The Wanderer. Painting by Edmund Hall.

The Wanderer

by Arwynne O'Neill

The word "planet" derives from an ancient Greek phrase meaning "wanderer," so called because the ancient astronomers observed that a handful of "lights" were in constant motion, each charting its path across the sky against the relative stillness of the fixed stars. Most notable among these astronomers was Ptolemy, whose geocentric conception of the visible universe reigned until the advent of the telescope sixteen centuries later.
The Ptolemaic System contained seven of these "moving lights," which were thought to orbit the Earth, including our nearby Moon and concluding with the distant, malefic planet Saturn, whose orbit inscribed the outermost boundary of our solar system.
In the 17th Century, acceptance of the heliocentric system, and the rise of Rationalism in general, resulted in the proliferation of astronomical observatories across Europe. Increasingly powerful telescopes exponentially increased the range of vision, allowing astronomers to expand the historical boundaries of our solar family to include three new planets; Uranus in 1781, followed by Neptune in 1848, then Pluto in 1930.
The ninth planet was controversial from the very beginning, with its eccentric, elliptical 248-year orbit, its incredible remoteness and its size, less than that of our moon. (In fact, Pluto is smaller than at least two of Saturn's moons.) Over the last century, the floodgates opened wide; astronomers began to identify thousands of objects, from asteroids to comets to moons in orbit around other planets, all within our solar system.
"Pluto," according to a recent article at, "has been considered a planet since its discovery, but this position has come under threat with the discovery of 2003 UB313 (aka Xena), an object larger than Pluto orbiting out further in the Solar System. The International Astronomical Union will be meeting in August to decide on the fate of Pluto."
Even more than that, they will be trying, again, to hammer out a suitably scientific definition for that ancient wanderer of words, "planet." Until as recently as the 90s, there has never been any need for a definition that did more than separate those stars that wandered from those that did not.
Mike Brown, Professor of Planetary Astronomy, Division of Geological and Planetary Sciences at California Institute of Technology explains, "Astoundingly, no precise scientific definition of the word 'planet' currently exists." Up until now, there have been

1. Planet : any of the celestial bodies (other than comets or satellites) that revolve around the sun in the solar system

2. Minor Planet/Planetoid/Asteroid : any of numerous small celestial bodies composed of rock and metal that move around the sun (mainly between the orbits of Mars and Jupiter)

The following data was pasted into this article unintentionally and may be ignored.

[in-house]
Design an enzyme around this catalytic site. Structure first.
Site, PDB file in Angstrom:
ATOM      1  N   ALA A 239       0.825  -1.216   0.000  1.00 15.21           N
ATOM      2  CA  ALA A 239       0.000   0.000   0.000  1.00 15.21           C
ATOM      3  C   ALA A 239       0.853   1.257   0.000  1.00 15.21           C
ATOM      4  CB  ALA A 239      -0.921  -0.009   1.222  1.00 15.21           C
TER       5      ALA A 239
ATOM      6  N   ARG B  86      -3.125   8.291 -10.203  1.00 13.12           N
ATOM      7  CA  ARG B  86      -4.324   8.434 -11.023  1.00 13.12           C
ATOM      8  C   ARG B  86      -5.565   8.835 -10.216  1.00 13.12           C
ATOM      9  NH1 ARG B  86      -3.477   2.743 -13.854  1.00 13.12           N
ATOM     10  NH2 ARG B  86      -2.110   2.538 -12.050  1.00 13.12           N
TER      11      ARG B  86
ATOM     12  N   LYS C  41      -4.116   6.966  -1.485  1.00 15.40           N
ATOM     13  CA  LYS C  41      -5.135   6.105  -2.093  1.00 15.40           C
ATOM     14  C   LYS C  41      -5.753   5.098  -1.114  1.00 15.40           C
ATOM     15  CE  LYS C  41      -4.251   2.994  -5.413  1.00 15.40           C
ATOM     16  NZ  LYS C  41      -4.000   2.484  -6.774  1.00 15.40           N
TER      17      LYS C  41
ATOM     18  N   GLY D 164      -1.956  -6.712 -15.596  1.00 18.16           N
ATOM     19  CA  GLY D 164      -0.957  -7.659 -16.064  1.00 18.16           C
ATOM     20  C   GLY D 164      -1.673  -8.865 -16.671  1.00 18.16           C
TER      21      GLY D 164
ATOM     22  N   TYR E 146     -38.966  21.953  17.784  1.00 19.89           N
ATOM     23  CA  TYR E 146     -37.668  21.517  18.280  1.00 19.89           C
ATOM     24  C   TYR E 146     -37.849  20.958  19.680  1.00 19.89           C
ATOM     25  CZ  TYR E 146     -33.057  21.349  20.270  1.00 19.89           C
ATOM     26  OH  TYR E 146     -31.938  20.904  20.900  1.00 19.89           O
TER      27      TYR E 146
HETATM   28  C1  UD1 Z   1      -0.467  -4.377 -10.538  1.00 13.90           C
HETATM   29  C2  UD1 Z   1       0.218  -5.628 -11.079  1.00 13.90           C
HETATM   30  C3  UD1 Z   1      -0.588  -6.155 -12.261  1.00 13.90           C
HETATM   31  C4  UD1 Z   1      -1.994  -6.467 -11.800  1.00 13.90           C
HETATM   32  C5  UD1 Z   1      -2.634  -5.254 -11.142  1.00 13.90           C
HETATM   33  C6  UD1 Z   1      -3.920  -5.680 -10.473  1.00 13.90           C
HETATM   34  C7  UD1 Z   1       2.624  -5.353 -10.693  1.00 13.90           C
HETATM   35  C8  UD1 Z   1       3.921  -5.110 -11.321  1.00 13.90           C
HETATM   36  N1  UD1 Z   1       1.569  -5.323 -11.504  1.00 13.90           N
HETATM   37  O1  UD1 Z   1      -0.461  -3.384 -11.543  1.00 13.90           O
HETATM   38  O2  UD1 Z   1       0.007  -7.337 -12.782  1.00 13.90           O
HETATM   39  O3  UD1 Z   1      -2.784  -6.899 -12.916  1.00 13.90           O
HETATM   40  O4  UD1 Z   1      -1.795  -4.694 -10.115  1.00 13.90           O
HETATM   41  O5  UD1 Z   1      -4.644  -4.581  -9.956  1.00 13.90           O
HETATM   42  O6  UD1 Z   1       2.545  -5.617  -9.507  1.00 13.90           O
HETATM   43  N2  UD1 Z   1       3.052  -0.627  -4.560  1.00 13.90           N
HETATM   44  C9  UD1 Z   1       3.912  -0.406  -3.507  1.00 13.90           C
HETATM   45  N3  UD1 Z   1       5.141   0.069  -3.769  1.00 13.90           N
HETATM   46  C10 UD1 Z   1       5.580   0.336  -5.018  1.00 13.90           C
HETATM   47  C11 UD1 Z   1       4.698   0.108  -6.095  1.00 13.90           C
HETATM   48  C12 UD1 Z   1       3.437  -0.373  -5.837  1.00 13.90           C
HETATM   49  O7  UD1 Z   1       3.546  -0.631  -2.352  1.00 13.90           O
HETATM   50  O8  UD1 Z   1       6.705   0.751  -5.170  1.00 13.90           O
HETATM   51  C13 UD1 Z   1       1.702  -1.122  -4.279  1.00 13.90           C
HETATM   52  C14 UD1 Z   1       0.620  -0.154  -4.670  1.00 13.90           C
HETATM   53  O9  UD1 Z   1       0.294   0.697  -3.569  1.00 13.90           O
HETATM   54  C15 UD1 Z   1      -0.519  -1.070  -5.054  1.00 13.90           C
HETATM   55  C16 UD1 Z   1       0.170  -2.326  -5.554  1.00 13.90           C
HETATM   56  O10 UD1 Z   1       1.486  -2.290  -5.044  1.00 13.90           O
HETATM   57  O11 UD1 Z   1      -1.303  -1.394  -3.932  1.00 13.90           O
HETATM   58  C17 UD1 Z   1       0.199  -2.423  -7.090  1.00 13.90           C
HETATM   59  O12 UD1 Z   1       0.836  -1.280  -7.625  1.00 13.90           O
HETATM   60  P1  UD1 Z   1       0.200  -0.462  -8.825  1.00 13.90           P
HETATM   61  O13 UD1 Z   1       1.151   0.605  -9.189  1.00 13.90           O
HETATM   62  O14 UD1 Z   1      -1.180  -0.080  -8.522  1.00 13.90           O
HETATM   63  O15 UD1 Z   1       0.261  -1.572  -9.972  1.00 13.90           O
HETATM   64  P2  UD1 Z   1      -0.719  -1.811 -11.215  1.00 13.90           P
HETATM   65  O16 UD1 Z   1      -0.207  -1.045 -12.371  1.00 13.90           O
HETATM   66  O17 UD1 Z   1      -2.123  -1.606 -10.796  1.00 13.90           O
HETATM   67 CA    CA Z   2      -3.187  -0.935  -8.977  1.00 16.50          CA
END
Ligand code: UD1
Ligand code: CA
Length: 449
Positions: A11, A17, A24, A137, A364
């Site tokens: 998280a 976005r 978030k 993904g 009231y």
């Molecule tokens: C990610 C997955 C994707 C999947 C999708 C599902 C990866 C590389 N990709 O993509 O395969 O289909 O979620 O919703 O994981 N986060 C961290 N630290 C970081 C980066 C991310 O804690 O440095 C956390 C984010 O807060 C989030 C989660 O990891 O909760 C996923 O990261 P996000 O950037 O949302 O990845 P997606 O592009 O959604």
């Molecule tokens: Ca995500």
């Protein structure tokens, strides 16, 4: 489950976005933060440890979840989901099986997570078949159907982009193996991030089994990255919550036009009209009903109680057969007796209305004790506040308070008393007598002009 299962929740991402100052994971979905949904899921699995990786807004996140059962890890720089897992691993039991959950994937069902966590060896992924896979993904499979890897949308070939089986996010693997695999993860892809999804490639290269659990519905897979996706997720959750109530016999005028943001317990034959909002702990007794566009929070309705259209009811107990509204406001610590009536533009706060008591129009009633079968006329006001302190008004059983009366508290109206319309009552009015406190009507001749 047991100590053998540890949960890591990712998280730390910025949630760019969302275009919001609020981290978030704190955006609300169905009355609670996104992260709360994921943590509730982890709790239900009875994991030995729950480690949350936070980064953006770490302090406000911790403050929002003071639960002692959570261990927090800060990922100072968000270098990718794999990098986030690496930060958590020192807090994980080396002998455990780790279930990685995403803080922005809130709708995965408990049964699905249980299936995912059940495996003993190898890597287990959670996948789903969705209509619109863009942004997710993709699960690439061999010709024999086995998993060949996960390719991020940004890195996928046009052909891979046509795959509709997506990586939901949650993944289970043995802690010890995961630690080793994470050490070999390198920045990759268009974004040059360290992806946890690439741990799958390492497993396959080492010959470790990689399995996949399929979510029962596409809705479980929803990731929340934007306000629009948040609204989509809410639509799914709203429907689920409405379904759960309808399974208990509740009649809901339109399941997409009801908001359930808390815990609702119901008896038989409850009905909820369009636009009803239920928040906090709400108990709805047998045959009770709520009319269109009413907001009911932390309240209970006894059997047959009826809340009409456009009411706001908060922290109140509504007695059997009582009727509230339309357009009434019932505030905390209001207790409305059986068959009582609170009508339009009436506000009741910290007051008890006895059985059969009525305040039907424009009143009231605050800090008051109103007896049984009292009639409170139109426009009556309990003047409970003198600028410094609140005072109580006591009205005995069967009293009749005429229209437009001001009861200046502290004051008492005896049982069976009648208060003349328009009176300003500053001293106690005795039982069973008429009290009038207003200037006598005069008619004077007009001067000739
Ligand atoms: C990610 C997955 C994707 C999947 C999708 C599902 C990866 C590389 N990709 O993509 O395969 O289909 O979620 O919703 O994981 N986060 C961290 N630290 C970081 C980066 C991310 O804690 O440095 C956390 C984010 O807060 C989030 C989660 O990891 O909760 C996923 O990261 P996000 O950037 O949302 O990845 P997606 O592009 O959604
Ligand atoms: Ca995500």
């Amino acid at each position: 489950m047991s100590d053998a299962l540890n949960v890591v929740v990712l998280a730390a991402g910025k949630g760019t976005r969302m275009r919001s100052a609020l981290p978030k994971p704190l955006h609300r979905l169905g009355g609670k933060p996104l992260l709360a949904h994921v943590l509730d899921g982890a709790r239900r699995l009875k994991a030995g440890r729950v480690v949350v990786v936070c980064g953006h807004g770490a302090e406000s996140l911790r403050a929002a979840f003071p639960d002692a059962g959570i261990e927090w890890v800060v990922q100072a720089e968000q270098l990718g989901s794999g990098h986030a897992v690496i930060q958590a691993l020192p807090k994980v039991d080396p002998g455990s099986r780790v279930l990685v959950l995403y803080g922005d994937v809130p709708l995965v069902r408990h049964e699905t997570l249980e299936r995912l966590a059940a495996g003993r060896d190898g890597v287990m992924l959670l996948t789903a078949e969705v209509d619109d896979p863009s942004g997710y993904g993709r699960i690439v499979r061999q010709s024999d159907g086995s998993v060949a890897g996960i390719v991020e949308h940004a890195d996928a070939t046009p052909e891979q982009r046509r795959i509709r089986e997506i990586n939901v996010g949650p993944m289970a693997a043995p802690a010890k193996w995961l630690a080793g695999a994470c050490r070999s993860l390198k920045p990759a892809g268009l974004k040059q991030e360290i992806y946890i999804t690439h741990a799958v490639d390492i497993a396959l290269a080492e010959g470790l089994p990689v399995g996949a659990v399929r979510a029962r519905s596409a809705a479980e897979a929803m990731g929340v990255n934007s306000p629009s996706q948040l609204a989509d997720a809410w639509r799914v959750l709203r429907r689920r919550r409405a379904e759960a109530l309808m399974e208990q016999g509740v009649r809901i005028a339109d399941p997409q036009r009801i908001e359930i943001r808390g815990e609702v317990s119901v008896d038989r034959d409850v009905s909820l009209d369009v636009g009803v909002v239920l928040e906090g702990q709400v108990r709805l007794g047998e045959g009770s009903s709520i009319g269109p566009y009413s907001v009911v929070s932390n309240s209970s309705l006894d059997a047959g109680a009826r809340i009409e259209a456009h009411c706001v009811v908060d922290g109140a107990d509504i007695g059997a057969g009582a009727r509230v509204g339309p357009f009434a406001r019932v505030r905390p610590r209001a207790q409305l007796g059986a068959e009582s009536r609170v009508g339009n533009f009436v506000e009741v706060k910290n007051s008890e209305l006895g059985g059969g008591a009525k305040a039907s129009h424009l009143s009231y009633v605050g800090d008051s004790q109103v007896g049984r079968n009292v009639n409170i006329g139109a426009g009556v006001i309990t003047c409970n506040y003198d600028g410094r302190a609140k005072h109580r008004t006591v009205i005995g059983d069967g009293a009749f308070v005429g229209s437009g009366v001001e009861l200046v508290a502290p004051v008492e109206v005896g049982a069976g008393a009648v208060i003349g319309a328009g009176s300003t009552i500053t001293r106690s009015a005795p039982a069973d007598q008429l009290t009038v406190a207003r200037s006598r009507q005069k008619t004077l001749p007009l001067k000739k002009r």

(*The astronomical community may differ slightly in their definitions of these three words, which are used often interchangeably but, accordingly to, they are, in fact, interchangeable.)

"Continent," Brown suggests in another article, is a good example of a word that "should have some scientific definition," and yet, does not. There is no single definition, scientific or otherwise, that can be made to apply to all seven of the universally agreed-upon continents. "Why is Europe called a separate continent?" Brown continues, "Only because of culture. You will never hear geologists engaged in a debate about the meaning of the word "continent."
Where do we draw the line?
Based on research from

Purely historical. Mercury, Venus, Earth, Mars, Jupiter, Saturn, Uranus, Neptune, and Pluto are planets. Nothing else in the solar system is a planet. This definition is definitely historically valid, but... completely lacking in scientific motivation, [it] makes the word "planet" meaningless as a scientific description.

Historical plus. Mercury through Pluto are planets, as is any newly discovered object larger than Pluto. This definition is, we believe, the one in most common colloquial use throughout the world, even if people don't realize that this is the definition they are using. Indeed, if Sedna had been larger than Pluto, most would have hailed it as a 10th planet. This definition -- like the previous -- is historically consistent, but -- like the previous -- still fails the scientific test. Why is Pluto the cutoff size? Is there really a big enough difference in size between Pluto and Sedna and Quaoar that one should be called a planet while the others are not? The scientific answer remains a resounding no.